“If some of the old timers who have passed away could come back to life and see the improvements the trade has made in the last thirty or forty years, they would think that in their day they knew nothing in regard to conducting a laundry. I recall my first visit to the ‘Quaker City,’ in the early eighties, when the proprietor of the leading laundry took great pride in showing me through his establishment, dilating on the quality of work that he turned out. It was excellent and he was justified in feeling proud of it, especially the collar and cuff work; but if he could see a late model starching machine and one of the modern dry rooms today, he would think that he was in fairyland.”

 

Charles Dowst was a tragic figure in some ways. In 1903, his wife Jennie was one of the 600 victims of the Iroquois Theatre disaster—the deadliest single building fire in U.S. history.  Just months earlier, Charles had appeared in the business section of the Chicago Tribune, as he was completing the purchase of the land that would become the Dowst Bros. factory on Ann Street. In an eerie bit of foreshadowing, that news appeared side-by-side with another “Notable Deal of the Week”— an investor named Otto Young acquiring the real estate occupied by the soon-to-be-opened Iroquois Theatre.

 

 

[Chicago Tribune, June 28, 1903: Charles Dowst made the news alongside an Iroquois Theatre investor, months before Dowst's wife died in a tragic fire in the same theater]

 

II. Monopolizing the Business

 

One of the Dowsts' early clients in Chicago, a Norwegian named Ole Odegard, was the proprietor of the Flat Iron Laundry at 3629 N. Halsted Street. Hearing of the brothers’ fancy Linotype device, he personally requested they make him a unique metal charm for his business—one he could give to patrons to earn their loyalty. The Dowsts obliged, crafting several tokens that included a flat-iron (for obvious reasons), a tiny thimble, and—for reasons lost to time—a wee Scottie dog. These tokens were eventually produced in such large numbers, and given away so liberally, that they took on a new life of their own, often used as makeshift pieces in primitive board games of the late 19th and early 20th century. You can see, naturally, where this is leading.

 

​​By 1911, Dowst Bros. had unveiled its first toy car, a generic limousine model, which was followed a few years later by their first miniaturized take on a real automobile: the Model T. It was part of an expanded campaign spearheaded by Theodore Dowst, who ultimately may have been a bigger architect of the company’s success than either his father or his uncle. Ted cast a wide net, helping to design not only mini vehicles, but a whole lot of other random diecast novelties: whistles, tops, telephones, animals, etc.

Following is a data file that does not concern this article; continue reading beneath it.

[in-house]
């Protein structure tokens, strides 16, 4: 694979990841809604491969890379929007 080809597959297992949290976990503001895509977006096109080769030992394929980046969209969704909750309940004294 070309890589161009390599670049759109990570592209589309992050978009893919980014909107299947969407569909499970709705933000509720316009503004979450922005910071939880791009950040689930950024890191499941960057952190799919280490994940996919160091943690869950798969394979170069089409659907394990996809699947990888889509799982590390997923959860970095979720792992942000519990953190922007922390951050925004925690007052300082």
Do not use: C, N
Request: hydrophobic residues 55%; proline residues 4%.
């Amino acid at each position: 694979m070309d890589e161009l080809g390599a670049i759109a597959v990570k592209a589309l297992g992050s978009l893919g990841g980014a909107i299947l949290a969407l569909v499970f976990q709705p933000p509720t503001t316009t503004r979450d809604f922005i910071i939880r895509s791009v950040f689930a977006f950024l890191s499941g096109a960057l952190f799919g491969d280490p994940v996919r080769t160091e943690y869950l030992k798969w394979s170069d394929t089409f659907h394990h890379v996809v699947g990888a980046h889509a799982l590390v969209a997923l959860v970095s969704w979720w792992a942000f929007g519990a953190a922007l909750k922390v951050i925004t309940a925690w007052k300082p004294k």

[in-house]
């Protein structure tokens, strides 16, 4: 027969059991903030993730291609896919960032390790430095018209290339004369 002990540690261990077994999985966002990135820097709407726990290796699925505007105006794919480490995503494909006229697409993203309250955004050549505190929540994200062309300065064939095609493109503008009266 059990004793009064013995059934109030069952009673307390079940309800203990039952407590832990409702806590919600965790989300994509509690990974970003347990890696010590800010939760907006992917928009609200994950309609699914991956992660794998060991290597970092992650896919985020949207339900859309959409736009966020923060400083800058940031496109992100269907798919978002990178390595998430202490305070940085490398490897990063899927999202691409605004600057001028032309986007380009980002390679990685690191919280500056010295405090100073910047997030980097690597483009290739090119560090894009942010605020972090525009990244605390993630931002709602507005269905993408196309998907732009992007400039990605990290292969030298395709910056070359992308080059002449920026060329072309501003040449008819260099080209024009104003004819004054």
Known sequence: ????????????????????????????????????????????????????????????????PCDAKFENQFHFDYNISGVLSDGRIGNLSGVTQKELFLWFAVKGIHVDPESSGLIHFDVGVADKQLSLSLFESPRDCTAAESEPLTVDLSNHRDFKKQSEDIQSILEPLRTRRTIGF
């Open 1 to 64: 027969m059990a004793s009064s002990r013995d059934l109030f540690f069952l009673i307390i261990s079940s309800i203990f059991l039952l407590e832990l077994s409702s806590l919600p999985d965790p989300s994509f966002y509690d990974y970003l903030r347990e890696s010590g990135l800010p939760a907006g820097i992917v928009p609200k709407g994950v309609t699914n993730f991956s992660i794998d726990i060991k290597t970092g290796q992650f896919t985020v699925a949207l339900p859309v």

In the years after World War I, with both Charles and Samuel now deceased, Theodore started working on designing and patenting new modern model cars to meet the rabid demand, with designs from Buick, Oldsmobile, Cadillac, Mack Trucks, and others joining the existing Fords. The sedan in our museum collection, which is sometimes referred to by collectors as the "Yellow Cab" (even though it came in several colors), was promoted this way in Dowst's 1925 catalog: "A real masterpiece in miniature automobiles. We have tried to overlook no details and this Sedan is a car we are proud of. Bright color enameled finish on body and movable disc wheels in gold bronze. This number should be in every dealer's stock."

 

Around this same period, in 1926, Theodore made a bold, risky, but ultimately fruitful business decision—agreeing to sell the company to one of its longtime Chicago trinket rivals, the Cosmo MFG Co.,—makers of the miniature toys in Cracker Jack boxes. The deal played out more as a merger, as Cosmo owner Nathan Shure agreed to keep Theodore on as company president. The new combined entity would be known, interestingly enough, as the Dowst Manufacturing Company—with a new headquarters at 4537 W. Fulton Street in West Garfield Park. Ted would remain in his position until his own death in 1945, after helping turn the TootsieToy brand into a giant name in the toy market.

 

 

 

[The Dowst MFG Co. moved into this building at 4537 W. Fulton Street in the late '20s and stayed there into the '50s]

 

The 1930s, rather off-trend, might have been Ted Dowst's finest hour. In 1931, he was elected president of the Toy Manufacturers Association of the USA, and by 1933, he'd rolled out the influential new Graham Series of model cars, with a three-piece construction (separate body, chassis, and radiator grill castings) that was quickly adopted by international rivals like Dinky Toys and Marklin. New rubber tires replaced the all-metal wheels of the '20s, and the introduction of the zinc alloy Zamak resulted in "lighter, sturdier castings," according to the book TootsieToys: World's First Diecast Models.

 

Then came a fortuitous association with a certain recognizable board game franchise.

 

 

The first version of Parker Brothers’ “Monopoly,” released in 1935, had come with wooden dowels as playing pieces. But when the game was repackaged in 1937 with new metal tokens made by the Dowst MFG Co., players found the company's familiar diecast thimble and iron now included among the avatars. To millions of Monopoly players in the decades since, these were the oddball game pieces—perceived perhaps as references to the working class in a game about wealth? But in truth, it was just a manufacturer's inside joke—a tip of the cap to its own industrial roots.

 

Despite the time invested in creating authentic miniatures of real vehicles, Ted Dowst may have paused at calling his company's products genuine "models." In 1935, he supposedly stated, "We make toys for doodling, not models for collecting." And after shifting focus to detonator and buckle production during World War II, Dowst returned to toymaking with a renewed focus on just that—making toys, rather than painstaking scale reproductions (although the military inspired sets did reveal an extra attention to detail). In later years, the company tried to reposition itself as a quality model-maker, but collectors never really gravitated to the post-war TootsieToys the way they did to the earlier Dowst models.